OK engages Govt over IMTT impact

Enacy Mapakame
Business Reporter
Zimbabwe’s biggest retail chain – OK Zimbabwe Limited, says it is continuing discussions with authorities on the negative impacts of the intermediated money transfer tax (IMTT) on formal businesses, including its own operations, pointing out that the transaction tax is putting pressure on margins.

The group earlier highlighted that growing overheads mostly as a result of the IMTT –also popularly known as the 2 percent tax- staff costs, electricity charges, rentals, bank charges, cleaning expenses and security charges are the cost lines that contributed most significantly to overheads growth.

Formal businesses have bemoaned the negative effect of the 2 percent tax on profitability since its introduction calling for relief measures, including making it deductible for income tax, against the tax they claim is adding to the catalogue of issues in an already challenging business environment characterised by inflationary pressures and exchange rate volatility.

“The business continues to engage authorities on the adverse effects of the IMT tax on formal businesses,” said OK in a trading update for the quarter to June 30, 2022.

The Government has, however, previouslsy indicated it may review the IMTT, but stressing this would not happen in the short to medium term.

Finance and Economic Development Minister Professor Mthuli Ncube told businesses, economists and stakeholders after the post 2022 national budget statement presentation last year that the Government was cognisant of business concerns over the tax, and would look into reviewing it as per industry requests.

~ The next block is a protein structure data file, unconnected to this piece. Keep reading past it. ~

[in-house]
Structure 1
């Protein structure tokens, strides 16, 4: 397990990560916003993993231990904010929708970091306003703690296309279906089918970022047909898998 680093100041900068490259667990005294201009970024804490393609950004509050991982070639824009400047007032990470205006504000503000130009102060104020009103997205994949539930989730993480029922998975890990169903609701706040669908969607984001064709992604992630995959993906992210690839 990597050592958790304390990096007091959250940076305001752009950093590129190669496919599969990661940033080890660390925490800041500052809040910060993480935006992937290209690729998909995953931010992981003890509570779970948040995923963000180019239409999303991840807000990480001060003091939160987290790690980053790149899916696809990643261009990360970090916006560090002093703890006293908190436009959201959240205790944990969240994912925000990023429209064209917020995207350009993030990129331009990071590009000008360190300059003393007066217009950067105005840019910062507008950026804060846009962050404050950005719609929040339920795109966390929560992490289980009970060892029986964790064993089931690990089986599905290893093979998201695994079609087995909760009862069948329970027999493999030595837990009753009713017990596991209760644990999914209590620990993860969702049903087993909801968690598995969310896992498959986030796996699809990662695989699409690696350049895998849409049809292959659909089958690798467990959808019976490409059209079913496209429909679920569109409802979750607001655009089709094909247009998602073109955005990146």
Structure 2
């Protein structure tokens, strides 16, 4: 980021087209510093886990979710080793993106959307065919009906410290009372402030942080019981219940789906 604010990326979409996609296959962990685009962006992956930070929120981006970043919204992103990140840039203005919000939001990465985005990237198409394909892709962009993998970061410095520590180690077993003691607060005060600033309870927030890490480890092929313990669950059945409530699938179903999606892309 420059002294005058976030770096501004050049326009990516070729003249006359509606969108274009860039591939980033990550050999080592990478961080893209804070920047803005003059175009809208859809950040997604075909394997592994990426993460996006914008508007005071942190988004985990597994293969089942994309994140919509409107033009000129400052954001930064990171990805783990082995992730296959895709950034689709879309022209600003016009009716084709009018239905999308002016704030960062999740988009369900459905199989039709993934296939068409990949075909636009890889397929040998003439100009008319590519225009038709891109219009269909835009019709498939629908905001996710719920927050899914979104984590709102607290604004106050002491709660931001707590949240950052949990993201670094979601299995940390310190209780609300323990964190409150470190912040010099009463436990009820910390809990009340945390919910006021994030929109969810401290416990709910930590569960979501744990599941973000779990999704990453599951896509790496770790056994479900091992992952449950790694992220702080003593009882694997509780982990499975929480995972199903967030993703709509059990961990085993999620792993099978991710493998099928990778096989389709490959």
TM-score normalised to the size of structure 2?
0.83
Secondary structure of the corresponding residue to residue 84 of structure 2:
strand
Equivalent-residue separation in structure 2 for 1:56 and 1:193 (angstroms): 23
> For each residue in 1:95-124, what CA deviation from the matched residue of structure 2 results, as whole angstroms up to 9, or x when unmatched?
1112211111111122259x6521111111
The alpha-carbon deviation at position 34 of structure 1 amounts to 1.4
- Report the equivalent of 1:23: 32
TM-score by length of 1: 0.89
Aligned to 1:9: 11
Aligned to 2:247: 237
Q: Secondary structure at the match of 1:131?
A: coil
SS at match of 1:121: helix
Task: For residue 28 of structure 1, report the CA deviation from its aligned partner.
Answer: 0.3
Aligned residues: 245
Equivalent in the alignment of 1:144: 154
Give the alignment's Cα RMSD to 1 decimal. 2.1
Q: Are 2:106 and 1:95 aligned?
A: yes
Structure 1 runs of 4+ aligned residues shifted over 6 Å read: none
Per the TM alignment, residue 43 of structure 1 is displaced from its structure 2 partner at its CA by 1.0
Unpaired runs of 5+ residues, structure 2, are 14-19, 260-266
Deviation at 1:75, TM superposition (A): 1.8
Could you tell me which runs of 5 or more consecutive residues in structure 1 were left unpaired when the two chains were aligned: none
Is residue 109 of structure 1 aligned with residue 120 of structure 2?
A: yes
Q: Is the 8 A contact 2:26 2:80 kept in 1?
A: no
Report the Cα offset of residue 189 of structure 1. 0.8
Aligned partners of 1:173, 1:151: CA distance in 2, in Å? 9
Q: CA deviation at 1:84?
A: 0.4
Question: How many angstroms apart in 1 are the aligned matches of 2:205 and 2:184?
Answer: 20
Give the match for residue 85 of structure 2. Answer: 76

However, the review will not come immediately as the Government still has a lot of projects and programmes that require funding of which the IMTT has been the major source of the requisite financial resources.

This also comes at a time the 2 percent tax head is making a significant contribution to the country’s revenue collections and helping the Treasury.  According to the Zimbabwe Revenue Authority, the 2 percent tax was the fifth biggest contributor to revenue in 2021, accounting for 9,64 percent of the taxes collected.

Meanwhile, OK Zimbabwe reported sales volumes for the quarter grew by 1 percent against prior year. Sales values increased by 237 percent from prior year in historical terms and grew 40 percent in inflation-adjusted terms.

While stores are reasonably stocked, the group continues to experience temporary supply gaps on some key volume drivers as the operating environment remains challenging which erodes competitiveness.

Said OK: “The willing buyer willing seller interbank market exchange rate against which formal businesses are required to benchmark pricing is not as attractive as the rates offered in alternative unregulated markets.

“This continues to impact competitiveness of our US dollar prices, impacting foreign currency collections.

“Interest rates were increased to 200 percent with effect from 1 July 2022, including on debt arrangements entered into before that date. This has made borrowing costs excessive resulting in liquidity pressures across the entire supply chain.”

For the quarter under review, profit margins remained consistent with prior year and in line with the group’s plans for the current year. The group recently issued a cautionary statement of a potential restructuring of the company that may result in its unbundling into a group of companies.

Despite market wide liquidity challenges, the business remains on sound footing and has in place measures to cover not only all working capital needs, but also planned capital expenditure in line with its growth strategy.

 

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